Explained | Small Island Developing States (SIDS)

Biodiversity is an important issue for the livelihood of many SIDS, as industries like tourism and fisheries can constitute over half of the GDP of small island economies. Photo: AFP

The fourth International Conference on Small Island Developing States (SIDS4) will be held from May 27 to 30 in St John’s, Antigua and Barbuda. 

Under the overarching theme of ‘Charting the course toward resilient prosperity’, the Conference will aim at assessing the ability of SIDS to achieve sustainable development, including the 2030 Agenda and its Sustainable Development Goals.

Small Island Developing States

• Small Island Developing States (SIDS) are a distinct group of 39 States and 18 Associate Members of United Nations regional commissions that face unique social, economic and environmental vulnerabilities.

• The three geographical regions in which SIDS are located are: the Caribbean, the Pacific, and the Atlantic, Indian Ocean and South China Sea. 

• They are some of the most beautiful places on Earth, with atolls of white sand beaches, mountain ranges covered in cloud forest, historic ports and towns, and agricultural landscapes.

• SIDS were recognised as a special case both for their environment and development at the 1992 United Nations Conference on Environment and Development held in Rio de Janeiro, Brazil. 

• The aggregate population of all the SIDS is 65 million. This group faces unique social, economic, and environmental challenges.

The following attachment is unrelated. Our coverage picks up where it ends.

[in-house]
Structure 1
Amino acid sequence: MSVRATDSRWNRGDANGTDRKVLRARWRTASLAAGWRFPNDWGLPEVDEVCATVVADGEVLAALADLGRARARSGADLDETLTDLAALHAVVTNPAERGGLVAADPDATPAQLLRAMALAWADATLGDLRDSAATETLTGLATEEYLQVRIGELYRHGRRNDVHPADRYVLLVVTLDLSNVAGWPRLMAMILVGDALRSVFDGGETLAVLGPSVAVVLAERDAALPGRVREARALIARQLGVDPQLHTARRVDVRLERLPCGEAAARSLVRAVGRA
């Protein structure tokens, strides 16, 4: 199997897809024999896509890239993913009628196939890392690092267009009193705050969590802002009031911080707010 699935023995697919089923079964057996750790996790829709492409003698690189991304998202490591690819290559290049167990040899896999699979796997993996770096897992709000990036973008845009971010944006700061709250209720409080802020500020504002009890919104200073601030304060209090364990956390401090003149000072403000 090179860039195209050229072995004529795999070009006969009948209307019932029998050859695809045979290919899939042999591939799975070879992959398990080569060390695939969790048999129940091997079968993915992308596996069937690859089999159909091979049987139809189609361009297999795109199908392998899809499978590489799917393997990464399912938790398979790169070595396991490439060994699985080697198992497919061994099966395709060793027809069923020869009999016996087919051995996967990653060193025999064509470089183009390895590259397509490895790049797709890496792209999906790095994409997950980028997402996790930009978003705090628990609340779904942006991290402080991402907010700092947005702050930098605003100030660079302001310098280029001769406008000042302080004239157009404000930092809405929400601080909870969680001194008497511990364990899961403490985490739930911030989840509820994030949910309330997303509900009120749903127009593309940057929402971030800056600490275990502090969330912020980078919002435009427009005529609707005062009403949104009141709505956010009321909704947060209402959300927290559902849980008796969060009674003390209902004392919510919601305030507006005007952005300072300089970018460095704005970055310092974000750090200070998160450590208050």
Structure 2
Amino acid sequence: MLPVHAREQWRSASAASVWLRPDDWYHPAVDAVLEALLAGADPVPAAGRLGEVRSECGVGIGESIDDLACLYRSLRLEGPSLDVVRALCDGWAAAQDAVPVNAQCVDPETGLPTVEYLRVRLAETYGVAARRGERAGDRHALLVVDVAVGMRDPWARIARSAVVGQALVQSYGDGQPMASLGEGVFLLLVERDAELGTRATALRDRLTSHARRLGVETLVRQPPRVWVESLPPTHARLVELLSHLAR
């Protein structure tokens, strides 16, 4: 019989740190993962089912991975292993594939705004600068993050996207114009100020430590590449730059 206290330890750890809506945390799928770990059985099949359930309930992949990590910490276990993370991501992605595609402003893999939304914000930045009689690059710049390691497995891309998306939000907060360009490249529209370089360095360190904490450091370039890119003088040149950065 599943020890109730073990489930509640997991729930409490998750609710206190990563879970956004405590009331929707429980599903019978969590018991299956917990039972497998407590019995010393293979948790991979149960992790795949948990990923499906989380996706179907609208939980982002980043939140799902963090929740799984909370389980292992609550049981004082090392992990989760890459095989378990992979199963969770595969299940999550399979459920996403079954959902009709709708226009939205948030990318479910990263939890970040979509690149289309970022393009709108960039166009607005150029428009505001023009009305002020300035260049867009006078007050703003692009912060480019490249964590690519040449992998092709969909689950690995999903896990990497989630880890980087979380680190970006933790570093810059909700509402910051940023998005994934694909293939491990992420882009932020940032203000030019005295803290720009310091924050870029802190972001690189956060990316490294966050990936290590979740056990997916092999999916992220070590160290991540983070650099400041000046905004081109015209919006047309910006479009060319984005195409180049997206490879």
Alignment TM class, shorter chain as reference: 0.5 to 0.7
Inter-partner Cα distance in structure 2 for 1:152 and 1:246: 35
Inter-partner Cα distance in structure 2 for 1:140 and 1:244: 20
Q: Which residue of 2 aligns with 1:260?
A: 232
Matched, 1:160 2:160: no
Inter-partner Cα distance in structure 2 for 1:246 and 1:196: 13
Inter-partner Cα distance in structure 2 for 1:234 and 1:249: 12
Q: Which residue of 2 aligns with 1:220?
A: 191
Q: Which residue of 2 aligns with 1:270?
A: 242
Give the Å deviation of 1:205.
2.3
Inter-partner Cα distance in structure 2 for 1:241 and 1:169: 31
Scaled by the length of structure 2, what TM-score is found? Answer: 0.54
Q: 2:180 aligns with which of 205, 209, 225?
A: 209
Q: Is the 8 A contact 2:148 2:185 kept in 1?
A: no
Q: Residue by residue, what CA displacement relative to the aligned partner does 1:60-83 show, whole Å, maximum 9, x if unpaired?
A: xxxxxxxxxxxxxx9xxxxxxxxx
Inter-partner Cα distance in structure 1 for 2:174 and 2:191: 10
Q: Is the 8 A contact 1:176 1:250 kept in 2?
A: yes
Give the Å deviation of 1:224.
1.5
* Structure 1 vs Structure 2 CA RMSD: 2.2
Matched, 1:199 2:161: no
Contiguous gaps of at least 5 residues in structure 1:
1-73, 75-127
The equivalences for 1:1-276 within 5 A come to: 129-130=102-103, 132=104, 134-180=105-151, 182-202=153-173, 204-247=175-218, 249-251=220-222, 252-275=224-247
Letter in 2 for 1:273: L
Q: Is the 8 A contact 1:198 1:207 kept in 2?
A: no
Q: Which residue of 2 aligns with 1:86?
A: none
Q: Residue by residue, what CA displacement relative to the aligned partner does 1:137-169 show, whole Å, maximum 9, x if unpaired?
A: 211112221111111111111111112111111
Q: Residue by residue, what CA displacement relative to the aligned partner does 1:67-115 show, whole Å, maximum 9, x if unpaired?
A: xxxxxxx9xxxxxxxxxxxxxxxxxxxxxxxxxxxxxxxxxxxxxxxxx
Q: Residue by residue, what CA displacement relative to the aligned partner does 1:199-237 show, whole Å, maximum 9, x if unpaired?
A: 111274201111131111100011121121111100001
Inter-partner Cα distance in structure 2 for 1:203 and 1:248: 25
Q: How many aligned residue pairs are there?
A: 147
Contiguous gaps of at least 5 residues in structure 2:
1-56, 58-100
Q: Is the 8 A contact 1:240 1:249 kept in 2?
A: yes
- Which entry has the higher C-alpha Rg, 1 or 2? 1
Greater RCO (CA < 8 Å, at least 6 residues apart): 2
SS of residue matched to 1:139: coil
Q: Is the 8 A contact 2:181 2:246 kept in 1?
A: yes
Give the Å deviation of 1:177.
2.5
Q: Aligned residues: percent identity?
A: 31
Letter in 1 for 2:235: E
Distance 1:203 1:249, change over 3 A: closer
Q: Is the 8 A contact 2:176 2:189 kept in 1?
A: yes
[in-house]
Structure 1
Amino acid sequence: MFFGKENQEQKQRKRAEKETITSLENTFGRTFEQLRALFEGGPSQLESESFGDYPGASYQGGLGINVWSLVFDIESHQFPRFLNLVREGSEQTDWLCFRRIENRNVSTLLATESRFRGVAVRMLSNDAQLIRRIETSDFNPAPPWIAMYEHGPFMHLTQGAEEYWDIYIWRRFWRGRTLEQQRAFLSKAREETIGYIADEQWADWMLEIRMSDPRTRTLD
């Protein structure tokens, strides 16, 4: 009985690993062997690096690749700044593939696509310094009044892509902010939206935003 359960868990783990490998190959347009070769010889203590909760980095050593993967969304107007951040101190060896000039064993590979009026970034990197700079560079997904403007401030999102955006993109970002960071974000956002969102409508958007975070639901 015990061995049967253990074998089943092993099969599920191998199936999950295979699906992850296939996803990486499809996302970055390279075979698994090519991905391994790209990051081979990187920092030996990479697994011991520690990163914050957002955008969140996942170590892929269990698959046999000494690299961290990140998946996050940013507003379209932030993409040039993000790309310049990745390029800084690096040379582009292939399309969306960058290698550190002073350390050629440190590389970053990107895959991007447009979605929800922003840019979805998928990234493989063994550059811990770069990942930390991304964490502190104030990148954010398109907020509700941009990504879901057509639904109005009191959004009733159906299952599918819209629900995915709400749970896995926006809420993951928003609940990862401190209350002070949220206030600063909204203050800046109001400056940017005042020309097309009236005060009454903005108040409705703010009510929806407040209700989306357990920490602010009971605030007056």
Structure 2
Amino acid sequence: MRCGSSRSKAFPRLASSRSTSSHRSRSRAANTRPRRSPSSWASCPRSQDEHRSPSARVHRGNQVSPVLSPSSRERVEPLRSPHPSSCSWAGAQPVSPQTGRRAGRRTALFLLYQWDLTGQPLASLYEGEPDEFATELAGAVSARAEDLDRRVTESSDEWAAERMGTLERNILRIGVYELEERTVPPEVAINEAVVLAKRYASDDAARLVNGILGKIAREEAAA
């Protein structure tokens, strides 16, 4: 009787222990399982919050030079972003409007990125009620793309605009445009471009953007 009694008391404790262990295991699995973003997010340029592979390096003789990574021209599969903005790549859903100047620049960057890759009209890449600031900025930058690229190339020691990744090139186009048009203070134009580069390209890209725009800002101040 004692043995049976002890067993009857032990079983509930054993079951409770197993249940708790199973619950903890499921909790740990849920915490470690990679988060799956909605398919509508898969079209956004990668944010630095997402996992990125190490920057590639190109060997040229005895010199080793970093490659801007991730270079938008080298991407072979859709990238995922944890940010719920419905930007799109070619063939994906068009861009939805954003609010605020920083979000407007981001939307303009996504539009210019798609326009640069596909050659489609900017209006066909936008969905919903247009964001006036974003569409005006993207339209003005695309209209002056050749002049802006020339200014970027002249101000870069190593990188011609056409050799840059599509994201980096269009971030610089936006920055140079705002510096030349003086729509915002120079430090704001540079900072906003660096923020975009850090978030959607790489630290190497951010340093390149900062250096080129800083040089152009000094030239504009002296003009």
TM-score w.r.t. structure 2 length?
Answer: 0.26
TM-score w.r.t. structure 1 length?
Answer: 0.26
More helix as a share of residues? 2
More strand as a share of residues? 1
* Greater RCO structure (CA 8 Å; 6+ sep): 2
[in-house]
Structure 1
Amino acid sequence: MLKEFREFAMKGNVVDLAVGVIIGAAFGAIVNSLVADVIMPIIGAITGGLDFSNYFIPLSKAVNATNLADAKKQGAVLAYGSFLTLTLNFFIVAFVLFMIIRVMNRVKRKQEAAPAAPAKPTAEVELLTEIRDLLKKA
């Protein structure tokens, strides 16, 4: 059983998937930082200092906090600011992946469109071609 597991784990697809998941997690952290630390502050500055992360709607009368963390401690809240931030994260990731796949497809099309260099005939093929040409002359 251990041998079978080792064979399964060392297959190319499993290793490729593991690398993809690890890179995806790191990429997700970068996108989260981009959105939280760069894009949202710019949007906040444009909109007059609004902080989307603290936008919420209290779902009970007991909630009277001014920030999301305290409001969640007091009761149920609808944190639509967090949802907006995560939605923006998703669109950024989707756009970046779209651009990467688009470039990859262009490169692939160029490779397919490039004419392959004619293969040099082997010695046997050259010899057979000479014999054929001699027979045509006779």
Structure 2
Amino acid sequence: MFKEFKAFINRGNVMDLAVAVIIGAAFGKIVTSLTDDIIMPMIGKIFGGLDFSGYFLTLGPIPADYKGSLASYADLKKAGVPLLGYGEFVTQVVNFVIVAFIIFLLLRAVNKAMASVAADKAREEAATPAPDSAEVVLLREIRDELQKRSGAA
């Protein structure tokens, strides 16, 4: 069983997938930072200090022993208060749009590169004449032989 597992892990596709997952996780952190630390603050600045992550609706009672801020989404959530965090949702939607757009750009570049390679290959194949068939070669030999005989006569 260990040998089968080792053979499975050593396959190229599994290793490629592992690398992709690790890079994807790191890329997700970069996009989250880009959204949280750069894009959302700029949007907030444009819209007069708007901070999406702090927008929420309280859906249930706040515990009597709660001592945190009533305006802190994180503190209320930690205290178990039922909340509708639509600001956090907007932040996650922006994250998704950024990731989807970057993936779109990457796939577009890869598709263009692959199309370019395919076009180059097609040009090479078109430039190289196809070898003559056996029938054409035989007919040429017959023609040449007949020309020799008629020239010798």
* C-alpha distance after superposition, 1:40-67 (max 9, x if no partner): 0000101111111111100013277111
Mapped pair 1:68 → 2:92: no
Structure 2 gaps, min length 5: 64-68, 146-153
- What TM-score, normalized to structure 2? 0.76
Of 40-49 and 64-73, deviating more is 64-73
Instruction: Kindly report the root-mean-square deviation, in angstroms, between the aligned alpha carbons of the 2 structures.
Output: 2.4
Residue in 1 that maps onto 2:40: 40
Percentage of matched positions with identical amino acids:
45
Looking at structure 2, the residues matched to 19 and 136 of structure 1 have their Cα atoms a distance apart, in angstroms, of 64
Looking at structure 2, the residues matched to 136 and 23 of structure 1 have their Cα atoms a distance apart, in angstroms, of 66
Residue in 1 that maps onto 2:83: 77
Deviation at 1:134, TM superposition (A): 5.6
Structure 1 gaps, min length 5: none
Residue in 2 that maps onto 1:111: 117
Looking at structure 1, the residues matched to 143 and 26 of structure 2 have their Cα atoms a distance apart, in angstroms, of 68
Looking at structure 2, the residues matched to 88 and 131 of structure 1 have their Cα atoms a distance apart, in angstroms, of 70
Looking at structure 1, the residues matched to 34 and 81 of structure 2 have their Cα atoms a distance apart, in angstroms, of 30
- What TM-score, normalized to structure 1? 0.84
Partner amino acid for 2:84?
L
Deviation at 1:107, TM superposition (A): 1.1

• SIDS face a host of challenges including for many, their remote geography. As a result, many SIDS face high import and export costs for goods as well as irregular international traffic volumes. Yet, they must rely on external markets for many goods due to the narrow resource base.

• For SIDS, the Exclusive Economic Zone (EEZ) — the ocean under their control — is, on average, 28 times the country’s land mass. Thus, for many SIDS the majority of the natural resources they have access to comes from the ocean.

• Factors like small population size, remoteness from international markets, high transportation costs, vulnerability to exogenous economic shocks and fragile land and marine ecosystems make SIDS particularly vulnerable to biodiversity loss and climate change because they lack economic alternatives.

• Climate change has a very tangible impact on SIDS. 

• Hurricanes destroy communications, energy and transport infrastructure, homes, health facilities and schools. 

• Slow onset events such as sea level rise pose an existential threat to small island communities, requiring drastic measures such as relocation of populations, and the related challenges this poses. 

• These challenges are compounded by limited institutional capacity, scarce financial resources and a high degree of vulnerability to systemic shocks.

• The pandemic hugely impacted all island nations, especially those dependent on tourism. Global lockdowns left large holes in islands’ coffers and severely set back efforts to invest in the Sustainable Development Goals.

• Biodiversity is an important issue for the livelihood of many SIDS, as industries like tourism and fisheries can constitute over half of the GDP of small island economies. 

• However, the importance of these natural resources extends beyond the economy. Biodiversity holds aesthetic and spiritual value for many island communities. For centuries, these communities have drawn benefits from biodiversity in the form of food supply, clean water, reduced beach erosion, soil and sand formation, and protection from storm surges.

• Strong biodiversity not only generates revenue through industries for SIDS, it also helps prevent the incurrence of additional costs that can result from climate change, soil erosion, pollution, floods, natural disasters, and other destructive phenomena.

• At the regional level, SIDS are also supported by inter-governmental organisations, primarily the Caribbean Community (CARICOM), the Pacific Islands Forum (PIF) and the Indian Ocean Commission (IOC).

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